Puakma: Under the hood

I'm Brendon Upson, jack-of-all-trades, master of one or two. I'm talking about life running a small ISV tackling business issues and leaping technology hurdles in a single bound.

webWise Network Consultants is based in Sydney, Australia and develops the groundbreaking Tornado Server technology.

i18n: International alphabet soup

Filed under: by Brendon Upson on 2005-04-27

What's so special about ø and è¿ Absolutely nothing until you try to work with them. A large speed hump from a few weeks back was internationalization, or i18n to its friends. Why i18n? because there are 18 characters between the i and n. But I digress.

For reasons quite unknown to us, Puakma is very popular in Europe. With our other products in the past, the US was clear winner in terms of customers. i18n was something we skimmed over as Australia has no "special" characters, ASCII text works absolutely fine for us and really for most of the world the first 127 characters are the same. It's only when you go above 127 into the special zone things get very confusing.

For the most part Java does a brilliant job of keeping everything in its correct character set. Data is always stored as UNICODE inside strings. But as we manipulate that data sometimes it needs to be put into byte arrays or byte streams, like when we send data to the client, receive data from the client or serialize some object to a disk file (like exporting a web application to a .pmx file). Stepping from the safety of UNICODE to the wild frontier of bytes is very, very dangerous. Streams must be read with one character set, manipulated in UNICODE and wirtten in a another character set. One false move and your ø becomes a ?.

Western languages are now handled correctly but we have no facilities for testing more extreme character sets, like chinese, hebrew, arabic etc. Like everything, I know this will come up in the future and we'll cross that bridge when we get there. For now we have probably >85% of our potential customer base covered, and that will do while we round out the IDE.

Dear IDE, my how there's so much riding on you.....

Gettin' down and dirty with ClassLoaders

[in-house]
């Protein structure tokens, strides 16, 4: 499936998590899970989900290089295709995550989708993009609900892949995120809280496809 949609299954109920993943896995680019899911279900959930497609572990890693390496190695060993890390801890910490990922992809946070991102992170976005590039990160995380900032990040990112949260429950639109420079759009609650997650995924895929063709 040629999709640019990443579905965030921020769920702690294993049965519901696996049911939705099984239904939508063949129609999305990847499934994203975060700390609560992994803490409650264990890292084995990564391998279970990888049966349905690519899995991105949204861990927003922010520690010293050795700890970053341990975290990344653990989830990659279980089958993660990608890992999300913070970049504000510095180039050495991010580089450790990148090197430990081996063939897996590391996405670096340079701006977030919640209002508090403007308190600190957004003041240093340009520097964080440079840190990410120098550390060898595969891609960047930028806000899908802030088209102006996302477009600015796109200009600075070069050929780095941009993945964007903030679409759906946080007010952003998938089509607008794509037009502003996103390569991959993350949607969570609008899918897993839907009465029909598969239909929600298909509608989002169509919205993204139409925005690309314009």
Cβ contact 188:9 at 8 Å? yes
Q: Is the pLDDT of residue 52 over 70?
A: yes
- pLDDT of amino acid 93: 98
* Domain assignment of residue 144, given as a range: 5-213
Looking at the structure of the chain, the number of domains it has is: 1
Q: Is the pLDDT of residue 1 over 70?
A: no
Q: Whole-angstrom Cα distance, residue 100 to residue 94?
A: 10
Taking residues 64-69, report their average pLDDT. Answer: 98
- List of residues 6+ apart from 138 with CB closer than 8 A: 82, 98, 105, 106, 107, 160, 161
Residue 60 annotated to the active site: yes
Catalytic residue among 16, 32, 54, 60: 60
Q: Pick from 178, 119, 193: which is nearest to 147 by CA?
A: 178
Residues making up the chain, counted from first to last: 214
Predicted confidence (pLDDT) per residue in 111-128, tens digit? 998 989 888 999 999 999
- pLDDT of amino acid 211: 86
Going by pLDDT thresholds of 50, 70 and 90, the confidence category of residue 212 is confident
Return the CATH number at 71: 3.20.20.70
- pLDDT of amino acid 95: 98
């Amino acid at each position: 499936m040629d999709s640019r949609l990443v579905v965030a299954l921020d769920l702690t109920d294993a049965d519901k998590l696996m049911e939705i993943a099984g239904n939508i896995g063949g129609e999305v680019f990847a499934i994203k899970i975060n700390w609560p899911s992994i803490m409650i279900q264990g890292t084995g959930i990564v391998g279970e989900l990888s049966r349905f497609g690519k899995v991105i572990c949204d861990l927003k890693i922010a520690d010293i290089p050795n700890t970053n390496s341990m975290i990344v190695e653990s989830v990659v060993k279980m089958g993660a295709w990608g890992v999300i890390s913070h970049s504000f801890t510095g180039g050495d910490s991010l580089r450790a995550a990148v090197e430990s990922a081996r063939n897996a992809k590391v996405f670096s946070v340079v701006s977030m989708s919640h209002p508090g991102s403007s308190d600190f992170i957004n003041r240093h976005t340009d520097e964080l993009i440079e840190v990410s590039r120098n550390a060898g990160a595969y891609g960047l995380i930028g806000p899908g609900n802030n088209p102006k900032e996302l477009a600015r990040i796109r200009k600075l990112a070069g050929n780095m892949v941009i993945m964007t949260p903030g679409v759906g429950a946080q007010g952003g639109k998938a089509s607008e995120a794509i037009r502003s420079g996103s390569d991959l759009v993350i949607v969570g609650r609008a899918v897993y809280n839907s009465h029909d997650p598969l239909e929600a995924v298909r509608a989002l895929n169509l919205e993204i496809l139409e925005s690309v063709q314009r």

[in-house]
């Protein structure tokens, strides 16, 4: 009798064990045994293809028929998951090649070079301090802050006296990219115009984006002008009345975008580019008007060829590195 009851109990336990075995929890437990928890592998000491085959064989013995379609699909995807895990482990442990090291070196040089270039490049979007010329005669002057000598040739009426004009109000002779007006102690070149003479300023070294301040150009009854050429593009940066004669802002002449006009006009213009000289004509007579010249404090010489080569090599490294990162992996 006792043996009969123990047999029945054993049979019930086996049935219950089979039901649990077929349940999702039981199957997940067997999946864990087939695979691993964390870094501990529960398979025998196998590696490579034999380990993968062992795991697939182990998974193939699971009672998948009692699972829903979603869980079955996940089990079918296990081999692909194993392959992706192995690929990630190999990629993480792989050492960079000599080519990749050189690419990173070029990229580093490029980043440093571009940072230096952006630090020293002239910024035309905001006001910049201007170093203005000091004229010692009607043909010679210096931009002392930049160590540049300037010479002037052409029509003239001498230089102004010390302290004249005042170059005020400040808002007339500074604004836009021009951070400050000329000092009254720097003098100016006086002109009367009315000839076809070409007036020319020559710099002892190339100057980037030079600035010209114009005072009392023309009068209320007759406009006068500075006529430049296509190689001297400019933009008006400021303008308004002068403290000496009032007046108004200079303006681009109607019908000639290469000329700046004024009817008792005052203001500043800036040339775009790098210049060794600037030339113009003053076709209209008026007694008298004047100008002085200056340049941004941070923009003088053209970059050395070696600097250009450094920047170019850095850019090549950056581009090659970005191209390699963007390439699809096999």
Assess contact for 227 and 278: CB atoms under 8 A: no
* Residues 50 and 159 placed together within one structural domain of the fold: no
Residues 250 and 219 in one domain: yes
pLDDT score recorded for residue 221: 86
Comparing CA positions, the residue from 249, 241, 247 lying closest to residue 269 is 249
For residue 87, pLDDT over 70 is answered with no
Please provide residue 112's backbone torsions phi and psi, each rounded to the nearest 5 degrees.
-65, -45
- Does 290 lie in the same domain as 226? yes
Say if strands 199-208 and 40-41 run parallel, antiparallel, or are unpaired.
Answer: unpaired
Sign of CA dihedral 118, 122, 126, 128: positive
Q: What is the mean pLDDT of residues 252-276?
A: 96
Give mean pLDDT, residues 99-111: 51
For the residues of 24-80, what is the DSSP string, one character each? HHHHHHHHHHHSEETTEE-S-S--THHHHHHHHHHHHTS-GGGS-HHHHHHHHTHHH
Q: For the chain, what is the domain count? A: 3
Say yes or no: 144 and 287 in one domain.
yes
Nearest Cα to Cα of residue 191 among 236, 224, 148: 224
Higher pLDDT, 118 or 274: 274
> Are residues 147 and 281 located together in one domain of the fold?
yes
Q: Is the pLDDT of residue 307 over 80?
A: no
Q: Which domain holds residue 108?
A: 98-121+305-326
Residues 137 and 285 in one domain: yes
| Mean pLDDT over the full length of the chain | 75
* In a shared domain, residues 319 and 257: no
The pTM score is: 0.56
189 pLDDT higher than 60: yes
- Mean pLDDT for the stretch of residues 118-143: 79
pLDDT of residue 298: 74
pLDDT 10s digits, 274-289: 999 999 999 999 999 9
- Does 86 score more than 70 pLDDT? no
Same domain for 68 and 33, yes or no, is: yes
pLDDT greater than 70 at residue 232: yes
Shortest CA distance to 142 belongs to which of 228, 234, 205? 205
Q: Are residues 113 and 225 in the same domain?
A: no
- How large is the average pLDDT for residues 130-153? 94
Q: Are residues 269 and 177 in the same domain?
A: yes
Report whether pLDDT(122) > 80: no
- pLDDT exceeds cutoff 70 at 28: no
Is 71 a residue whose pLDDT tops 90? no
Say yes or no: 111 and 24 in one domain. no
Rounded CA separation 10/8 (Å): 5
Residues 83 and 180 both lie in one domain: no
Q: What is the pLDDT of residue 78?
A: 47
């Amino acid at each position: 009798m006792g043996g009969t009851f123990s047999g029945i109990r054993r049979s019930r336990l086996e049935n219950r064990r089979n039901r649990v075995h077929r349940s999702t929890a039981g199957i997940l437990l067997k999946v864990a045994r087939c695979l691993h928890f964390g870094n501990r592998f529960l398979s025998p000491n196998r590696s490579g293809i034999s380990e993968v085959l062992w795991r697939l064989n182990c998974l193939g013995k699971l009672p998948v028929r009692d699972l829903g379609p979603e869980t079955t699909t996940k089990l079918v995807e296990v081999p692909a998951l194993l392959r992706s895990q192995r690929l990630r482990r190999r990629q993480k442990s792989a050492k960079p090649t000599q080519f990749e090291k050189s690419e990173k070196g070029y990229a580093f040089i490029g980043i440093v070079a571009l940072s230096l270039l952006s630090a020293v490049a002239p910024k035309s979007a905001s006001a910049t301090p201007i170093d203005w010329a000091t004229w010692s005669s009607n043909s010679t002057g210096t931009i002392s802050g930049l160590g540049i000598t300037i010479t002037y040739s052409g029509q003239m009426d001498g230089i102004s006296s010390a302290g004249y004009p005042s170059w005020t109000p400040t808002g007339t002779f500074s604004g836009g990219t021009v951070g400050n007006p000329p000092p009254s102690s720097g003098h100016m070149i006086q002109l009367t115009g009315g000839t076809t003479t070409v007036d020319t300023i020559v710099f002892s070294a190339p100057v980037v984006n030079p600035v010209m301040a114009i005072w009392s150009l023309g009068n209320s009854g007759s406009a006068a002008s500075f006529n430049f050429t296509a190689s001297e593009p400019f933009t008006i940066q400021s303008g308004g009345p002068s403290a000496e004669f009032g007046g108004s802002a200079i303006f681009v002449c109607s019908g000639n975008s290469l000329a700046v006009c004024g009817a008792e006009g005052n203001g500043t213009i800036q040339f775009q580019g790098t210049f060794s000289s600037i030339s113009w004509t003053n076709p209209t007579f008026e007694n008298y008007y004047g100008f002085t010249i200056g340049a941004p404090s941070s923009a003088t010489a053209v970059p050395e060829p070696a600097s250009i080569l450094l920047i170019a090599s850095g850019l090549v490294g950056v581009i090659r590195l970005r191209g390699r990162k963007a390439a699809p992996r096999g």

Filed under: by Brendon Upson on 2005-04-27

Last week we had an issue reported by a Business Partner that Puakma Enterprise Server would not allow objects stored in memory on a user's session to be accessed. ClassCastExceptions were being generated. This means Java was unable to convert object A into object B. We had tested the session storage mechanism a number of times, and hell, we were even using the feature in production at a customer's site. Just goes to show, the more people get your product, the more they use it in ways you never thought about.

The issue in this case was with Puakma's ActionClassLoader. This class is responsible for retrieving class files from the relational database, and any associated libraries that are defined to go with them. Our problem it seems stemmed from the fact that an ActionClassLoader was created and discarded with each web request. We designed it this way for very good reasons:

  • Design elements can be updated/replaced in real time and a new ActionClassLoader picks up the new design.
  • The name of a design element may be different from it's actual class name. eg The name in the design collection may be "ResetCustomerCodes" while its actual Java class name is "foo" (hey, it's an example, we definitely don't recommend this naming schema!)
  • So the issue was that a custom class "MySystem" existed in the libraries area and an instance of this was stored on a user's session. Trouble is, a reference to the classloader that created the object is also tagged to the object. After the initial load, the classloader is lost and subsequent casts fail because the classloader is no longer available.

    We spent the last few days building a new classloader mechanism, now called "SharedActionClassLoader" in which a classloader is created for each application (for each .pma). Repeated requests to the same application yield the same classloader. So far so good.